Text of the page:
Posted: 4 years ago
: At 6/26/2012 10:25:54 AM, Thaumaturgy wrote:

Would it help you to know I have a BS, MS and PhD in geology and have worked for the past 15 years or so as a professional research chemist in industry?
This is the logical fallacy of an "appeal to authority", and that red herring doesn't make your assertions true.

Or do you think I'm doing science all wrong?

No, I think you are doing intelligent discussion all wrong, you are throwing out the dogmatic assertions of Scientism as if they are actual responses to the points I've made, they aren't, You either aren't reading what I'm saying, or you aren't comprehending what I'm saying, but your responses are mostly non-sequiturs. You seem to be responding to the mirror image religious fundamentalists of your "us/them" thinking rather than to me. Is this just a matter of habit?

: Scientism did not generate the "god of the gaps", human nature did that for millenia long before science came to be what it is today.

Maybe geology trumps religious scholarship in the world of Scientism, but in the real world, you only find this God of the gaps argument being used by the Scientism crowd on internet debate forums, and only because it is useful to the agenda, not because it is informed or accurate .

: So are you saying that people in the 14th century didn't appeal to God by mortifying their own flesh and didn't feel that the Plague was part of God's wrath poured out on them and that appeasing God was important in dealing with the plague?

You might want to take this up with historians.


Once again, this reply is only the mirror image of the religious fundamentalist who would try to discredit science by pointing out that George Washington's doctors bled him to death. It's irrelevant.

: That's ridiculous. God is an explanatory variable in RELIGION.

Perhaps this is an article of faith in Scientism, but it isn't an informed position.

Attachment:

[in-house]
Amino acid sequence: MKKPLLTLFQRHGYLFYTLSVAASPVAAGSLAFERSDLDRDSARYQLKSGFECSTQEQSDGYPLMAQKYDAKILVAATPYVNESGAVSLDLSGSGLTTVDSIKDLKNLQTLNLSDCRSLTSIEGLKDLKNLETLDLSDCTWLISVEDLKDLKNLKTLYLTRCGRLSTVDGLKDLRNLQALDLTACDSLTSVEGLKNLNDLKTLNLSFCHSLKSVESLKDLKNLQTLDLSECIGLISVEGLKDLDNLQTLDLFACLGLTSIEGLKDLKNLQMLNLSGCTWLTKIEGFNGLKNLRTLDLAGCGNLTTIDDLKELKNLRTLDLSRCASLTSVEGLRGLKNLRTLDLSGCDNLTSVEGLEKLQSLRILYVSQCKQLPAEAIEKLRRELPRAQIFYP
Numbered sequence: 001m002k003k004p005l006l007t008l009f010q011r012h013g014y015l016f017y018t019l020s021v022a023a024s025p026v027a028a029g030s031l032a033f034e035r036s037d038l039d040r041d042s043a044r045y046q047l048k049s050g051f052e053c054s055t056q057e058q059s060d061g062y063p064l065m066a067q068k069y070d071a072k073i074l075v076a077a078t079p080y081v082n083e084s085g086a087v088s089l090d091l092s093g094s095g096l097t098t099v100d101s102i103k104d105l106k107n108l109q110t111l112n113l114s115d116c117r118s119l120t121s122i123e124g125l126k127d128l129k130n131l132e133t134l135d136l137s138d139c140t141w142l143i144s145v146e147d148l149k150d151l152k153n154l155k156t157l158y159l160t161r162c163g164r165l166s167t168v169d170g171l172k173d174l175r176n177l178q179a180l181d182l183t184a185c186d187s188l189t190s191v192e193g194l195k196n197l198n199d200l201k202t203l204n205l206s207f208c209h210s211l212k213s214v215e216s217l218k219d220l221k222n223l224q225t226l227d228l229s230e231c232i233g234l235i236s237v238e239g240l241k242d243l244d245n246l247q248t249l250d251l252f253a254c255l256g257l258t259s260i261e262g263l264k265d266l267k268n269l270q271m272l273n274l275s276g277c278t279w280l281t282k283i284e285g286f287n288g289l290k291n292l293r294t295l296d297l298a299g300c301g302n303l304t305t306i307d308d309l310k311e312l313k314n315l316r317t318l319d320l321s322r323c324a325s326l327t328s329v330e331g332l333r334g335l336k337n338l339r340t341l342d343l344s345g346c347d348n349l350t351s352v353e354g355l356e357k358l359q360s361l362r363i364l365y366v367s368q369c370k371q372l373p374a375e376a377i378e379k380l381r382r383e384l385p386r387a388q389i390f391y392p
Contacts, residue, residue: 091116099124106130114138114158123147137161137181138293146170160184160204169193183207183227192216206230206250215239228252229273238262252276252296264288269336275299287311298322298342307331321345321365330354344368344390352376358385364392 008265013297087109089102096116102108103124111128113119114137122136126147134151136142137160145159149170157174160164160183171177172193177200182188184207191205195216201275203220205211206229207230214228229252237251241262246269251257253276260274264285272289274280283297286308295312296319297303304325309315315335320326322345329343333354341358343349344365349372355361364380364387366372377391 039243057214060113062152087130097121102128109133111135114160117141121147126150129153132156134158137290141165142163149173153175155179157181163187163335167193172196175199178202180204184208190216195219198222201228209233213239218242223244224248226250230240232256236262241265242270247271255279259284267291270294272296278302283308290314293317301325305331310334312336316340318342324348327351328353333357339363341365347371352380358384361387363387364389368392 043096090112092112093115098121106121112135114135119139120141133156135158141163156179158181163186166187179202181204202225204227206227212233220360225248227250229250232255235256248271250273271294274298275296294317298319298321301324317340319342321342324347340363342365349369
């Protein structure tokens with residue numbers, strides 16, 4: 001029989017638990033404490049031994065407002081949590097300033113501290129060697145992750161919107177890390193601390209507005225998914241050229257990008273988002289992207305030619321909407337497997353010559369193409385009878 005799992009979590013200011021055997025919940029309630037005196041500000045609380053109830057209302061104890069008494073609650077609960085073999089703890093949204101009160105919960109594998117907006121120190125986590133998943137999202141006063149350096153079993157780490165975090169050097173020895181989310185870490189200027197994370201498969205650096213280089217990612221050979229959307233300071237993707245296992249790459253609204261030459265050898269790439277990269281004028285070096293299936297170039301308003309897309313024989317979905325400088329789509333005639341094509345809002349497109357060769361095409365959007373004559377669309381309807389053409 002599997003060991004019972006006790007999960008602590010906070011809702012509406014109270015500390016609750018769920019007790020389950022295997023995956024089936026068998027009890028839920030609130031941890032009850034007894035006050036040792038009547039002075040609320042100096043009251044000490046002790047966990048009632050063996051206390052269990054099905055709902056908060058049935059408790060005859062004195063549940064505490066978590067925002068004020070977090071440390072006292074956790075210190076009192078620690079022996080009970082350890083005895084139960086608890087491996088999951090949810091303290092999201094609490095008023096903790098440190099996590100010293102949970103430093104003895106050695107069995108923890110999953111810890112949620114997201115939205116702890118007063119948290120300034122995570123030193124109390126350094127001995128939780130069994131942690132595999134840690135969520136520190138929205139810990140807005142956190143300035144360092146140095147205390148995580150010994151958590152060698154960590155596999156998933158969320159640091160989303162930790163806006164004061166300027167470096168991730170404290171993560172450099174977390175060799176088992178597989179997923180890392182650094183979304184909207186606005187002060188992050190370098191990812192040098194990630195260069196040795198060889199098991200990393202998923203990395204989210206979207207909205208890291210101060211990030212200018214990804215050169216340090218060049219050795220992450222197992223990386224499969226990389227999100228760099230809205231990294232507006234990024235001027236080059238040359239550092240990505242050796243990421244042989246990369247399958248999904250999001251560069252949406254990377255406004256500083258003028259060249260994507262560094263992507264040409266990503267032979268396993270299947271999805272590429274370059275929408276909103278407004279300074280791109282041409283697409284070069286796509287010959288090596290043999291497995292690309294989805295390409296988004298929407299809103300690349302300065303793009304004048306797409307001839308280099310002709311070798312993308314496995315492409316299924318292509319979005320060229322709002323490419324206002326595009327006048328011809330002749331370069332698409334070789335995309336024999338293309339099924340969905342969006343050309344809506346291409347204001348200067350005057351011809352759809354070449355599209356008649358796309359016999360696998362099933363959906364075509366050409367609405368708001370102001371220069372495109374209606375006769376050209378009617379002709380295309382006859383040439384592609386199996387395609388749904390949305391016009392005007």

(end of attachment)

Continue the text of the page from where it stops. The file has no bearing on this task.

: But they were not addressing it to "scientists"...they were addressing it to the faithful

: "...how wrong it is to use God as a stop-gap for the incompleteness of our knowledge. If in fact the frontiers of knowledge are being pushed further and further back (and that is bound to be the case), then God is being pushed back with them, and is therefore continually in retreat. We are to find God in what we know, not in what we don't know; God wants us to realize his presence, not in unsolved problems but in those that are solved" (Bonhoffer, Letter 1944)

Does that sound like it is being addressed to SCIENTISTS to you? Or does it sound like it is being addressed to BELIEVERS OF GOD?


I never said they were addressing scientists, I said they were speaking to how irrational the concept is. Have you bifurcated the world into only two kinds of people, believers and scientists, is your fundamentalism's "us/them" thinking that extreme?

: My point being that human nature naturally developed the god hypothesis to explain the inexplicable. What's the point of the Book of Job if not to address this point to the faithful?

I know what your point is, but I also know it's contrived, the God of the Gaps theory has no standing whatsoever in the world of religious scholarship...and no, that isn't what the Book of Job is about.

: Well, with the possible exception of the case of Gallileo and that unfortunate bit with Giordano Bruno...

Another non sequitur, do you guys have some kind of quota on making these pat statements or what?

: "drank the kool aid"? Is that all you have? Could it be that I have taken philosophy classes while I got my various university degrees in science? Hmmm?

Another "appeal to authority", is that all you have? Hmmmm…have you also stayed at a Holiday Inn Express?

: "Dumbed down conception of religion"? Interesting. I spent 30+ years as a believing Christian. I don't think I have "dumbed down conception of religion". I have read expansively on the history of religion and theology. I think on this thread alone I've provided more than ample support for my "religious" points.

So you are telling me that the entire time you were getting this plethora of science degrees you were a practicing Christian that believed Christianity provided a better scientific explanation than science did? If you were a "God of the gaps" man the whole time, why did you even bother to get those science degrees?

I'm pretty well read myself, and I've never come across a single credible scholar of religion that thought this contrived God of the gaps theory had any adequate explanatory value. Can you reference one for me?

: You wouldn't be trolling, would you?

Nope, just recognizing how defensive you fundies tend to get whenever anyone challenges their religious belief system.
"It is one of the commonest of mistakes to consider that the limit of our power of perception is also the limit of all there is to perceive." " C. W. Leadbeater
The_Fool_on_the_hill
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6/27/2012 12:11:30 AM
Posted: 4 years ago
At 6/26/2012 11:34:04 PM, Sidewalker wrote:
: At 6/26/2012 10:25:54 AM, Thaumaturgy wrote:

Would it help you to know I have a BS, MS and PhD in geology and have worked for the past 15 years or so as a professional research chemist in industry?
This is the logical fallacy of an "appeal to authority", and that red herring doesn't make your assertions true.